- You like new and shiny. You have to have the latest releases always.
- You like physical copies of books. You like seeing them on your shelves and it’s your happy place
- You don’t read that often; maybe a couple books a month or less.
- You do not have an extra $11.99 a month laying around
- You’re a creature of habit. You know what authors you like, what genres you like and would rather not explore and have to dig for the good stuff.
In the end, whether Kindle Unlimited is worth it or not depends on your reading habits, preferences, and budget.
If you’re an avid reader like me with an insatiable appetite for books, love exploring new authors and genres, and value the convenience it offers, Kindle Unlimited can be a fantastic addition to your literary adventures.
However, if you’re more interested in owning the latest bestsellers or prefer building a permanent book collection, you might want to explore other options.
Personally, I have a subscription and because I wanted to lock in that price, I paid for a year in advance but I’m curious to see how much I use it within the next year. When my subscription renews next year, I will be forced to go to their $11.99 monthly pricing.
Either way, best of luck!
Frequently Asked Questions
No, Kindle Unlimited is a separate subscription service and is not included for free with Amazon Prime membership. However, Prime members do have access to the Kindle Owners’ Lending Library, which allows them to borrow one book per month from a limited selection. In my experience, it’s mid at best.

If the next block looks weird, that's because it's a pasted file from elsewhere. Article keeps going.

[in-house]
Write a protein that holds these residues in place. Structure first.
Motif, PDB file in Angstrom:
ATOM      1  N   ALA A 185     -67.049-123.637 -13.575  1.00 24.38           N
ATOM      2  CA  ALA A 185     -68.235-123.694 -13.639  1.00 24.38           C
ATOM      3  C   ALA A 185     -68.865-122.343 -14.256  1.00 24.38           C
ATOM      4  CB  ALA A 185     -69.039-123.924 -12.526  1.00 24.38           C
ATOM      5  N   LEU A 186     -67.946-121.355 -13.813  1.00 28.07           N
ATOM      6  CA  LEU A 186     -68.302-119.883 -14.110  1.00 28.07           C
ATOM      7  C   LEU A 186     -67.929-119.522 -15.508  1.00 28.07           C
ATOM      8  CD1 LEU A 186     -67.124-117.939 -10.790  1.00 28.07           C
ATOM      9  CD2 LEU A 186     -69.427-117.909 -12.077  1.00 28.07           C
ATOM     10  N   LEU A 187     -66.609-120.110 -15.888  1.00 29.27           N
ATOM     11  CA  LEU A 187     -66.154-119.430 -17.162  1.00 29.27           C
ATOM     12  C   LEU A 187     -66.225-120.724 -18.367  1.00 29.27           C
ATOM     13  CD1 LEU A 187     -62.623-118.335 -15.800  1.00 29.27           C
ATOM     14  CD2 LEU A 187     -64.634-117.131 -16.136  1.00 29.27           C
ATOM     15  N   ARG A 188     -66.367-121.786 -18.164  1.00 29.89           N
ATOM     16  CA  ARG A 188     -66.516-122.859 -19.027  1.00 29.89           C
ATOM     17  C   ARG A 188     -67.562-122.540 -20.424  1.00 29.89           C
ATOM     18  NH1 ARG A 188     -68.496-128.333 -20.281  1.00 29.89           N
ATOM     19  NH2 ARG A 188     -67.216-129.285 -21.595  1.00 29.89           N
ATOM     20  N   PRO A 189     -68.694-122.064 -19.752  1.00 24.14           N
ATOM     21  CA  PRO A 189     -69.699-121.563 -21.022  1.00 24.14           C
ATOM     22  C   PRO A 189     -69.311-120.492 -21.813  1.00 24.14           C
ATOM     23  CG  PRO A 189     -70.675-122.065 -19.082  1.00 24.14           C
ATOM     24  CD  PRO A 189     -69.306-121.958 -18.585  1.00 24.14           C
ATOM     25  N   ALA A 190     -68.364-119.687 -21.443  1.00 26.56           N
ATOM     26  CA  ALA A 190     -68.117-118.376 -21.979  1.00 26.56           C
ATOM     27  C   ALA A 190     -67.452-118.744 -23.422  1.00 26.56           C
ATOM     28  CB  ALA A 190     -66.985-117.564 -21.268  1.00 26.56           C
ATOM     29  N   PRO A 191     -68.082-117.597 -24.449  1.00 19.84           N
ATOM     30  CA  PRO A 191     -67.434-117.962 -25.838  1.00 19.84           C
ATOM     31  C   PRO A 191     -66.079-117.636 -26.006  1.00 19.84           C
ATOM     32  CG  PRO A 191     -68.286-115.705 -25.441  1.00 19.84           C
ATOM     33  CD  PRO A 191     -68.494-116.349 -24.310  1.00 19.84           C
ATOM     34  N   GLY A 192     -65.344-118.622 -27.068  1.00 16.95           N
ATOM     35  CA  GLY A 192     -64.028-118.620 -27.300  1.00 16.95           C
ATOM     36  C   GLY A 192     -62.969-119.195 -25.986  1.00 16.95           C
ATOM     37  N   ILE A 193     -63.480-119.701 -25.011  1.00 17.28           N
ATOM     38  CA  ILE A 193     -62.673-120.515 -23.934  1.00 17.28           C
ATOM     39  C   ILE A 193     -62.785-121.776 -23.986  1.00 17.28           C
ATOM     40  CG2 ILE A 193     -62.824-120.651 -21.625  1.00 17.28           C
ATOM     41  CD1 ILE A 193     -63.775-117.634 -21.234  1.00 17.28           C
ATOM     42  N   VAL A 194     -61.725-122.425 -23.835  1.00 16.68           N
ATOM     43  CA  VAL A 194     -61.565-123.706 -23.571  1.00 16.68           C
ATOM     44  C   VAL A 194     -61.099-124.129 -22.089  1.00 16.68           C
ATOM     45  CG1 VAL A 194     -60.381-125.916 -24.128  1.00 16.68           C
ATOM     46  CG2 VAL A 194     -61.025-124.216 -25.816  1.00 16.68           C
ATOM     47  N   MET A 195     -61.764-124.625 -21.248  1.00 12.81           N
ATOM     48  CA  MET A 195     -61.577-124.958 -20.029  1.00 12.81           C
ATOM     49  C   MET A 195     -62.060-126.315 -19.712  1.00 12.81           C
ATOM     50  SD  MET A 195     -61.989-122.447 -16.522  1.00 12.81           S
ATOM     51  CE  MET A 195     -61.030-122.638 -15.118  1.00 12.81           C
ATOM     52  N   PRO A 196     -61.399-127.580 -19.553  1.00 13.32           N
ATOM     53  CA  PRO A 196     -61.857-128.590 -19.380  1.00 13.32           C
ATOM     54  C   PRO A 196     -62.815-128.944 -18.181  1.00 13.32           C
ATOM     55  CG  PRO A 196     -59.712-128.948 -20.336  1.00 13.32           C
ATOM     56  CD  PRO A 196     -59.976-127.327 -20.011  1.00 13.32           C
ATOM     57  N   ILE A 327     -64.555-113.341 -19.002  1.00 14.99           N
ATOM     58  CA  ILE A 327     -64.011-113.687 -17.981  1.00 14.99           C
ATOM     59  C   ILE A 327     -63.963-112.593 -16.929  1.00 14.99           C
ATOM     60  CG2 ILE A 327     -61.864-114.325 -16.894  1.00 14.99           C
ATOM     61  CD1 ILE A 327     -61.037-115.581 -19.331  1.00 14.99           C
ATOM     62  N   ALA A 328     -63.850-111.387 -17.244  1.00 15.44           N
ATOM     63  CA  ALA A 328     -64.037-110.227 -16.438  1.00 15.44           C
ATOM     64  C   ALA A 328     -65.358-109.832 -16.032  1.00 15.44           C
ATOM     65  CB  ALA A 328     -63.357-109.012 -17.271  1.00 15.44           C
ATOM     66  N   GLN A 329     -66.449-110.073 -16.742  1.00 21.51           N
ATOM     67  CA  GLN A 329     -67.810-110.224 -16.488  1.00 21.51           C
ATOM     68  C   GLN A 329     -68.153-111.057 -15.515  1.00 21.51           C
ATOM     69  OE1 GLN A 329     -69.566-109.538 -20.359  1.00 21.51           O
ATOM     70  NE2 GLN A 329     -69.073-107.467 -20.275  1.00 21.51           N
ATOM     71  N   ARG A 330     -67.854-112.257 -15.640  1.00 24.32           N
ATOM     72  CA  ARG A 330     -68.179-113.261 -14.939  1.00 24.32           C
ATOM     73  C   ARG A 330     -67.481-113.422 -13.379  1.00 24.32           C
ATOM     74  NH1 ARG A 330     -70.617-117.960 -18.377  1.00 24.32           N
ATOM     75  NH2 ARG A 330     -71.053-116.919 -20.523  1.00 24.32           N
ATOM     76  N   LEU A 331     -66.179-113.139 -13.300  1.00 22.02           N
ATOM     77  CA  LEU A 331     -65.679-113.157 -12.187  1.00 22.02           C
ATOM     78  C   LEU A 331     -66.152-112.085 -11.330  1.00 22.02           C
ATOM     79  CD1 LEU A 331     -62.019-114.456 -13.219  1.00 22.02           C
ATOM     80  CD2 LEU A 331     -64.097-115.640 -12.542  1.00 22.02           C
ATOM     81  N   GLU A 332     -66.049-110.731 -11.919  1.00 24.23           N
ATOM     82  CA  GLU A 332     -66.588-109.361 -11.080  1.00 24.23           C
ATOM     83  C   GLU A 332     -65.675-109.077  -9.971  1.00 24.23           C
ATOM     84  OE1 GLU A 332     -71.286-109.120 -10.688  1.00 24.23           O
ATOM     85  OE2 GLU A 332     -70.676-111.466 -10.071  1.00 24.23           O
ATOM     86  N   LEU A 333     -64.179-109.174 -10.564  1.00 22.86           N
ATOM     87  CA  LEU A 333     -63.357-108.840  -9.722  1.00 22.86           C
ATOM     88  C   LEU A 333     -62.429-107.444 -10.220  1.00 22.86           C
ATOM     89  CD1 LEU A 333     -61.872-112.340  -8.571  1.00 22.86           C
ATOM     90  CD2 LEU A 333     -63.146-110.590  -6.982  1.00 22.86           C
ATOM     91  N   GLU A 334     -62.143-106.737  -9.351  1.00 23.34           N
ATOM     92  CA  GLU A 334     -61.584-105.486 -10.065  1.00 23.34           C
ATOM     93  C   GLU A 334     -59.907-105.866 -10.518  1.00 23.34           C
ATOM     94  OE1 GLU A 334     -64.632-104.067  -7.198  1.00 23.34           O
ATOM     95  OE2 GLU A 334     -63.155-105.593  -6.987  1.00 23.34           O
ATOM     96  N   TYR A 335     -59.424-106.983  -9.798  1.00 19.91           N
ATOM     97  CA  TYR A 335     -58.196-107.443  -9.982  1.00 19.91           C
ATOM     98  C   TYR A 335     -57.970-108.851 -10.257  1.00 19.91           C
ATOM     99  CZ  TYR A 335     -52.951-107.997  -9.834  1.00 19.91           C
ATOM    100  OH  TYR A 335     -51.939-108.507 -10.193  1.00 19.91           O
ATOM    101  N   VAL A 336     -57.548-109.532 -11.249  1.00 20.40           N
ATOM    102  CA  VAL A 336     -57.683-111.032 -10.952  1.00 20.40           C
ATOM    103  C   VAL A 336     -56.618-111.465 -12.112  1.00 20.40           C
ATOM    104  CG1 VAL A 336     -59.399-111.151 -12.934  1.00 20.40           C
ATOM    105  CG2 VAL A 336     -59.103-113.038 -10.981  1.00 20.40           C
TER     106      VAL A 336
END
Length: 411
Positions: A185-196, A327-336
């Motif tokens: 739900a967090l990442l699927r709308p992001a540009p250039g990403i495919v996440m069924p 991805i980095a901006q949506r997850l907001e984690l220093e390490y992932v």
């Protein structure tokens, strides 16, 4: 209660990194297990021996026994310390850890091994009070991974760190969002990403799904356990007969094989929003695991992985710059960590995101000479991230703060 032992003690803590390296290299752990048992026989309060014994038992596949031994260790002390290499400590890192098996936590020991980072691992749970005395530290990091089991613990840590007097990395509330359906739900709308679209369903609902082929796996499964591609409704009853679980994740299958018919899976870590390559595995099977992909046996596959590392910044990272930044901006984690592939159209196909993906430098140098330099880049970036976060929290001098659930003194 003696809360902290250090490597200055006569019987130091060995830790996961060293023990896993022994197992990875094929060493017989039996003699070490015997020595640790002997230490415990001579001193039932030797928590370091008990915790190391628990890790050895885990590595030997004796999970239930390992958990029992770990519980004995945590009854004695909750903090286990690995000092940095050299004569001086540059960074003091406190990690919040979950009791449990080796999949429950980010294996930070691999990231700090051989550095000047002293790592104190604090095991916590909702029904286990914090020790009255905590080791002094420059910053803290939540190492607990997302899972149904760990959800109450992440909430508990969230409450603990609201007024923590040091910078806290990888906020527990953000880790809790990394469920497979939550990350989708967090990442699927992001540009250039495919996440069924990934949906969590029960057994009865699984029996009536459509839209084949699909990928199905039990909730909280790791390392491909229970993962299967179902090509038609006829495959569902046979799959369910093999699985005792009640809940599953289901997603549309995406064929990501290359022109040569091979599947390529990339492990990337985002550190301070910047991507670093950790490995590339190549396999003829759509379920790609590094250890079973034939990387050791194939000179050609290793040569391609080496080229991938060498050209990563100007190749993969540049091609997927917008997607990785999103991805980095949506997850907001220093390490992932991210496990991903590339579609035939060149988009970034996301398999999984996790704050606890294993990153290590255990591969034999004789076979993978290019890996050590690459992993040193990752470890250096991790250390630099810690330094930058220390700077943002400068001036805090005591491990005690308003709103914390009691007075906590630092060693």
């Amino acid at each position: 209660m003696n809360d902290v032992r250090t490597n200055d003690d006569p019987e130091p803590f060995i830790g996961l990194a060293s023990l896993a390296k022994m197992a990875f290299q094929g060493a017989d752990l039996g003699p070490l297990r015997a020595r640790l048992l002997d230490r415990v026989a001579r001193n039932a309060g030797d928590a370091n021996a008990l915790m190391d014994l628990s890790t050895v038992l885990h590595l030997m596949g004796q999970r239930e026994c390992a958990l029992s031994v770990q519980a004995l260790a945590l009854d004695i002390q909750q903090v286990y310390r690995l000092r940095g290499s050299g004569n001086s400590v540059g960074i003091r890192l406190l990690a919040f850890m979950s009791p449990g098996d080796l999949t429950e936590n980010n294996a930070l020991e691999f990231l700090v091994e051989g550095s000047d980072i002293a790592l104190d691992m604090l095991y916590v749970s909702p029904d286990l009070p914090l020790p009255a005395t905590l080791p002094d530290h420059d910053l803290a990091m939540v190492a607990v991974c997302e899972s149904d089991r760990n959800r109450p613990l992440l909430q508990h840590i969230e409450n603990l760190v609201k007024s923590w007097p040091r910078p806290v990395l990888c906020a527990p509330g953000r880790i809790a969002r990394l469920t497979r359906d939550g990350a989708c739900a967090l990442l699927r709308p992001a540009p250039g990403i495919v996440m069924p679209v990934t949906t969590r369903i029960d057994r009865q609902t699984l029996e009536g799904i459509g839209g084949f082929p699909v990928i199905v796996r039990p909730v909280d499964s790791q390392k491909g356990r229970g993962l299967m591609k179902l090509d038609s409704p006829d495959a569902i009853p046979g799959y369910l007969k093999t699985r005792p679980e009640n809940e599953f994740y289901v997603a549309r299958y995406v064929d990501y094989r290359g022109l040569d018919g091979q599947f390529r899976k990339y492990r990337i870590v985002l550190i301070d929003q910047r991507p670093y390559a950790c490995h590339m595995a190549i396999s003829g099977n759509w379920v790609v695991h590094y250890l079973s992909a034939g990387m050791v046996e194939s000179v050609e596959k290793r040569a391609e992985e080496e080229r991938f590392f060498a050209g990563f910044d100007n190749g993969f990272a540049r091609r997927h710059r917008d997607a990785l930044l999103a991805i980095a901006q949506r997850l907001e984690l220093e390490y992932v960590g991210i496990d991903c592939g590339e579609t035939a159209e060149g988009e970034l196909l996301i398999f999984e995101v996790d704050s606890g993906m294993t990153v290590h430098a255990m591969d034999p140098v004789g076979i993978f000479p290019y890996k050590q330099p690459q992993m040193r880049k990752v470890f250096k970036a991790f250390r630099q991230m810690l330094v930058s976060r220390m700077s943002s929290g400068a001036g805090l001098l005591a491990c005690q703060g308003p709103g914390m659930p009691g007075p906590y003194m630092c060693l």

Absolutely! You don’t need a physical Kindle device to enjoy Kindle Unlimited. The Kindle app is available for smartphones, tablets, and computers, allowing you to read Kindle books and magazines on multiple devices. Simply download the app, sign in with your Amazon account, and get it poppin.
You can have up to 20 books at any given time. Once you reach that limit, you’ll have to return one before you can borrow another. But as long as you have a subscription, you can have those books in your library for months on end.
Absolutely. If you decide it’s not the right fit for you, simply go to your Amazon account settings, navigate to the “Memberships & Subscriptions” section, and manage your Kindle Unlimited subscription.
Kindle Unlimited books can’t be shared directly with other people outside of your Amazon “household”. However, a workaround would be that you can share devices with the Kindle app on it and logins. But I would lie if asked to testify.
Nope. Like we talked about earlier, think of Kindle Unlimited as a digital library. When you borrow through Kindle Unlimited, it’s accessible as long as you have a subscription, but when you cancel it, poof! Those books are removed.